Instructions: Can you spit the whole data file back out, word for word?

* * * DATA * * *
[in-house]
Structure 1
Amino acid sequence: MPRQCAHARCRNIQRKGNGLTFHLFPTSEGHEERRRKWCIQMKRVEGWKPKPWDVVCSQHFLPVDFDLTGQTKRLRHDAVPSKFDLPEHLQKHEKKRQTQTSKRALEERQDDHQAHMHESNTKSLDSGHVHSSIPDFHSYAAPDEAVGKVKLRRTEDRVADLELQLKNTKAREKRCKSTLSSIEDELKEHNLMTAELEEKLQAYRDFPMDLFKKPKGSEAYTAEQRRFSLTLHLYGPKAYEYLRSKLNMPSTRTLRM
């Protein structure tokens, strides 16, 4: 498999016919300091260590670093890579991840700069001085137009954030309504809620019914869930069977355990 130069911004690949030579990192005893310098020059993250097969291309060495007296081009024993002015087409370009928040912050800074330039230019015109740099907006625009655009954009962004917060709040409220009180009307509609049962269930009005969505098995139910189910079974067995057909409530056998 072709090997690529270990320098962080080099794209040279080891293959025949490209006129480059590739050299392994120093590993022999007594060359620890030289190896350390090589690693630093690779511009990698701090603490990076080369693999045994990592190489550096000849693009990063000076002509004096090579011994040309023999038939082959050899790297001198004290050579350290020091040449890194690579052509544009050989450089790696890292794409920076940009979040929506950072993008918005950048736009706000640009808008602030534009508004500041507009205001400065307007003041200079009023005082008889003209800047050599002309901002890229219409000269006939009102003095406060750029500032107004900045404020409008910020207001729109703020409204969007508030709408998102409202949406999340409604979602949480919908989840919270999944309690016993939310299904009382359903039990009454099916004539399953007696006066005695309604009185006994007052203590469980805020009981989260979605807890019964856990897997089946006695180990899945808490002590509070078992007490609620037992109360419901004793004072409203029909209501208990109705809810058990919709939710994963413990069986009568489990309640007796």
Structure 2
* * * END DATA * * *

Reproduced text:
[in-house]
Structure 1
Amino acid sequence: MPRQCAHARCRNIQRKGNGLTFHLFPTSEGHEERRRKWCIQMKRVEGWKPKPWDVVCSQHFLPVDFDLTGQTKRLRHDAVPSKFDLPEHLQKHEKKRQTQTSKRALEERQDDHQAHMHESNTKSLDSGHVHSSIPDFHSYAAPDEAVGKVKLRRTEDRVADLELQLKNTKAREKRCKSTLSSIEDELKEHNLMTAELEEKLQAYRDFPMDLFKKPKGSEAYTAEQRRFSLTLHLYGPKAYEYLRSKLNMPSTRTLRM
């Protein structure tokens, strides 16, 4: 498999016919300091260590670093890579991840700069001085137009954030309504809620019914869930069977355990 130069911004690949030579990192005893310098020059993250097969291309060495007296081009024993002015087409370009928040912050800074330039230019015109740099907006625009655009954009962004917060709040409220009180009307509609049962269930009005969505098995139910189910079974067995057909409530056998 072709090997690529270990320098962080080099794209040279080891293959025949490209006129480059590739050299392994120093590993022999007594060359620890030289190896350390090589690693630093690779511009990698701090603490990076080369693999045994990592190489550096000849693009990063000076002509004096090579011994040309023999038939082959050899790297001198004290050579350290020091040449890194690579052509544009050989450089790696890292794409920076940009979040929506950072993008918005950048736009706000640009808008602030534009508004500041507009205001400065307007003041200079009023005082008889003209800047050599002309901002890229219409000269006939009102003095406060750029500032107004900045404020409008910020207001729109703020409204969007508030709408998102409202949406999340409604979602949480919908989840919270999944309690016993939310299904009382359903039990009454099916004539399953007696006066005695309604009185006994007052203590469980805020009981989260979605807890019964856990897997089946006695180990899945808490002590509070078992007490609620037992109360419901004793004072409203029909209501208990109705809810058990919709939710994963413990069986009568489990309640007796």
Structure 2